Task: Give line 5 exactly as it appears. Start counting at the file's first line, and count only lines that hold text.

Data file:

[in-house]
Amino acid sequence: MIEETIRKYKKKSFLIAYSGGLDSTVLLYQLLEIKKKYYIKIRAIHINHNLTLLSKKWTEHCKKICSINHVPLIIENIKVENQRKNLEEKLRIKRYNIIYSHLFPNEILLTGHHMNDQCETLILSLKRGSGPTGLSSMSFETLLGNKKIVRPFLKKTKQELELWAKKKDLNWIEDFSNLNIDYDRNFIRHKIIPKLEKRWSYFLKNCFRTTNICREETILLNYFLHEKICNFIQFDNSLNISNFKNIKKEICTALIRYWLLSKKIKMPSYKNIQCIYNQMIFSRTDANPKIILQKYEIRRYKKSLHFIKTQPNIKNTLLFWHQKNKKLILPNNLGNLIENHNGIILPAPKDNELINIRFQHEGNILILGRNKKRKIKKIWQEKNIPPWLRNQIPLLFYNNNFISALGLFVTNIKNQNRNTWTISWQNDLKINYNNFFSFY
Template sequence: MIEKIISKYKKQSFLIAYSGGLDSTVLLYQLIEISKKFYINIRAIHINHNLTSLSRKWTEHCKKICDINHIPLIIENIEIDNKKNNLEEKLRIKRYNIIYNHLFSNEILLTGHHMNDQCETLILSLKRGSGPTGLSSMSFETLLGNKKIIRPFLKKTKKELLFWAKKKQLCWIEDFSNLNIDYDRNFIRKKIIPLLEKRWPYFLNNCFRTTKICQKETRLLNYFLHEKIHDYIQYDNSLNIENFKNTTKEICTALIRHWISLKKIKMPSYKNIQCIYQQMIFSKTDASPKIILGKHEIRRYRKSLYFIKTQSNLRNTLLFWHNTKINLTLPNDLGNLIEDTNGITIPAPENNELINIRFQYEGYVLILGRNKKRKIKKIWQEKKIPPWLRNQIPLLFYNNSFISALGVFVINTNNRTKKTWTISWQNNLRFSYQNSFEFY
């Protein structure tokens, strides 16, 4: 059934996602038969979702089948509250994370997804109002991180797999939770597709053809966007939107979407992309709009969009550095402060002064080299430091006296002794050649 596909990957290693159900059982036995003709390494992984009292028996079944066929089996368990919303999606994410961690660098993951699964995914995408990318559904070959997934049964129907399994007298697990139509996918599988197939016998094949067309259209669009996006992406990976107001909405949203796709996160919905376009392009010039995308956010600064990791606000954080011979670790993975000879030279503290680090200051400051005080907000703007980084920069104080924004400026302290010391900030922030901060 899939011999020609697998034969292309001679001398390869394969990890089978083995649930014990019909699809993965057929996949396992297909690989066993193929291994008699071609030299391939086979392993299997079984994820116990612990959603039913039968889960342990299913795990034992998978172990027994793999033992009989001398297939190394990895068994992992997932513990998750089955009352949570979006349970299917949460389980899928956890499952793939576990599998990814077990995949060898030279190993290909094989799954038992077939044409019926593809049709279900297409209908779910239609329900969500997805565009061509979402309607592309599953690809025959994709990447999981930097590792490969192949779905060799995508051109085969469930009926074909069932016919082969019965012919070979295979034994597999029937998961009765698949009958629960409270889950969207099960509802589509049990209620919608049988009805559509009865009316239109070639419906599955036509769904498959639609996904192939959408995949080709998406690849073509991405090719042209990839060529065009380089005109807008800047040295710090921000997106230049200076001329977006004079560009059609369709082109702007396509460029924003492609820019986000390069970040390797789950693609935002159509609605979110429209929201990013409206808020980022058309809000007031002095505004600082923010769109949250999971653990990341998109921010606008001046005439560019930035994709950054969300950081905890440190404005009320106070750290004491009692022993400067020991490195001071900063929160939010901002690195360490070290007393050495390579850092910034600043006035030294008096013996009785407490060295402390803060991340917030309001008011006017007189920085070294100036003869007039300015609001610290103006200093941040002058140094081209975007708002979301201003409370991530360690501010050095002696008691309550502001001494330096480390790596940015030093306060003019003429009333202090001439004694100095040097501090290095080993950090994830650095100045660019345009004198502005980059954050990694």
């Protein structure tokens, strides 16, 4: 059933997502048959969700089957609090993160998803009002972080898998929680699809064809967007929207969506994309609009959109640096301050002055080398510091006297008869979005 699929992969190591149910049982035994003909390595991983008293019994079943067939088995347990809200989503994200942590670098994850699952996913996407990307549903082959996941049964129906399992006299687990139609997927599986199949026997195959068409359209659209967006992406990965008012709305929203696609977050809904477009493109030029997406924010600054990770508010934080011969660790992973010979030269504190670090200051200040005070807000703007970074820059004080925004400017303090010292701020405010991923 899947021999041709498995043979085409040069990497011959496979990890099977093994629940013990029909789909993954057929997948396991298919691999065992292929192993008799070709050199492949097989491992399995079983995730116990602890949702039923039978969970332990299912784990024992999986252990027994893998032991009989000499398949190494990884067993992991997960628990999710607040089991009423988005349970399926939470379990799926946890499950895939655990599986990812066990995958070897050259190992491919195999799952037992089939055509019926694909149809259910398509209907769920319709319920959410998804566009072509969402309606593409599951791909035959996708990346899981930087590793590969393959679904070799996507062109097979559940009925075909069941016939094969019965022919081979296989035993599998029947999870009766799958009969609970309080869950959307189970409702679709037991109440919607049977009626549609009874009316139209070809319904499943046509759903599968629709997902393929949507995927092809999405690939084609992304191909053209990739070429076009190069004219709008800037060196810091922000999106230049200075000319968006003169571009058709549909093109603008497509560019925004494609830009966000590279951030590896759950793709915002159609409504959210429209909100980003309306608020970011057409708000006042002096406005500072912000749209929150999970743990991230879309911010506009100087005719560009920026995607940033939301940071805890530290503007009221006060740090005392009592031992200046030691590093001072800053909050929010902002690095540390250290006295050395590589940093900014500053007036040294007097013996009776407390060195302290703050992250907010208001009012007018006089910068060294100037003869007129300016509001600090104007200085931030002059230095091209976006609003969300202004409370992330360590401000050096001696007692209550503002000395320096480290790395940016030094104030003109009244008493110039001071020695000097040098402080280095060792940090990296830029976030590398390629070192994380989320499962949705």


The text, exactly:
């Protein structure tokens, strides 16, 4: 059933997502048959969700089957609090993160998803009002972080898998929680699809064809967007929207969506994309609009959109640096301050002055080398510091006297008869979005 699929992969190591149910049982035994003909390595991983008293019994079943067939088995347990809200989503994200942590670098994850699952996913996407990307549903082959996941049964129906399992006299687990139609997927599986199949026997195959068409359209659209967006992406990965008012709305929203696609977050809904477009493109030029997406924010600054990770508010934080011969660790992973010979030269504190670090200051200040005070807000703007970074820059004080925004400017303090010292701020405010991923 899947021999041709498995043979085409040069990497011959496979990890099977093994629940013990029909789909993954057929997948396991298919691999065992292929192993008799070709050199492949097989491992399995079983995730116990602890949702039923039978969970332990299912784990024992999986252990027994893998032991009989000499398949190494990884067993992991997960628990999710607040089991009423988005349970399926939470379990799926946890499950895939655990599986990812066990995958070897050259190992491919195999799952037992089939055509019926694909149809259910398509209907769920319709319920959410998804566009072509969402309606593409599951791909035959996708990346899981930087590793590969393959679904070799996507062109097979559940009925075909069941016939094969019965022919081979296989035993599998029947999870009766799958009969609970309080869950959307189970409702679709037991109440919607049977009626549609009874009316139209070809319904499943046509759903599968629709997902393929949507995927092809999405690939084609992304191909053209990739070429076009190069004219709008800037060196810091922000999106230049200075000319968006003169571009058709549909093109603008497509560019925004494609830009966000590279951030590896759950793709915002159609409504959210429209909100980003309306608020970011057409708000006042002096406005500072912000749209929150999970743990991230879309911010506009100087005719560009920026995607940033939301940071805890530290503007009221006060740090005392009592031992200046030691590093001072800053909050929010902002690095540390250290006295050395590589940093900014500053007036040294007097013996009776407390060195302290703050992250907010208001009012007018006089910068060294100037003869007129300016509001600090104007200085931030002059230095091209976006609003969300202004409370992330360590401000050096001696007692209550503002000395320096480290790395940016030094104030003109009244008493110039001071020695000097040098402080280095060792940090990296830029976030590398390629070192994380989320499962949705």